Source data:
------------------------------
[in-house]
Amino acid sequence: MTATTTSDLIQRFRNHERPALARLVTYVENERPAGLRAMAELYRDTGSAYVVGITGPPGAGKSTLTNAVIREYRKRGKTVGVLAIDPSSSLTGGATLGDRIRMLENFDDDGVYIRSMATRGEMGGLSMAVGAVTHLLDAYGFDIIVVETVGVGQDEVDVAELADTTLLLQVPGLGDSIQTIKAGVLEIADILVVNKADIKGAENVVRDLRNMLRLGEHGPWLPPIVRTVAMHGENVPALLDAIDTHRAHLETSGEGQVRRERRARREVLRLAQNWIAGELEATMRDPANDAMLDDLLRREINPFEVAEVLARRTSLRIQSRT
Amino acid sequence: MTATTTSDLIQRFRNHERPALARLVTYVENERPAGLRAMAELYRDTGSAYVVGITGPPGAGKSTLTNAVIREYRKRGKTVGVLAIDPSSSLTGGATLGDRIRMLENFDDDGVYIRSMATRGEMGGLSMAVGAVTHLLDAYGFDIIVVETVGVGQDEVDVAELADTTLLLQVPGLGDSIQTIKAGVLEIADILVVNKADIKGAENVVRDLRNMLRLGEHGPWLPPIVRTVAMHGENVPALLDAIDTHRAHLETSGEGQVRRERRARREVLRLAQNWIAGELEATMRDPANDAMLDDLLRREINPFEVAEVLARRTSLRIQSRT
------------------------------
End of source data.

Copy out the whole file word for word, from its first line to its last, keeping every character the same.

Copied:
[in-house]
Amino acid sequence: MTATTTSDLIQRFRNHERPALARLVTYVENERPAGLRAMAELYRDTGSAYVVGITGPPGAGKSTLTNAVIREYRKRGKTVGVLAIDPSSSLTGGATLGDRIRMLENFDDDGVYIRSMATRGEMGGLSMAVGAVTHLLDAYGFDIIVVETVGVGQDEVDVAELADTTLLLQVPGLGDSIQTIKAGVLEIADILVVNKADIKGAENVVRDLRNMLRLGEHGPWLPPIVRTVAMHGENVPALLDAIDTHRAHLETSGEGQVRRERRARREVLRLAQNWIAGELEATMRDPANDAMLDDLLRREINPFEVAEVLARRTSLRIQSRT
Amino acid sequence: MTATTTSDLIQRFRNHERPALARLVTYVENERPAGLRAMAELYRDTGSAYVVGITGPPGAGKSTLTNAVIREYRKRGKTVGVLAIDPSSSLTGGATLGDRIRMLENFDDDGVYIRSMATRGEMGGLSMAVGAVTHLLDAYGFDIIVVETVGVGQDEVDVAELADTTLLLQVPGLGDSIQTIKAGVLEIADILVVNKADIKGAENVVRDLRNMLRLGEHGPWLPPIVRTVAMHGENVPALLDAIDTHRAHLETSGEGQVRRERRARREVLRLAQNWIAGELEATMRDPANDAMLDDLLRREINPFEVAEVLARRTSLRIQSRT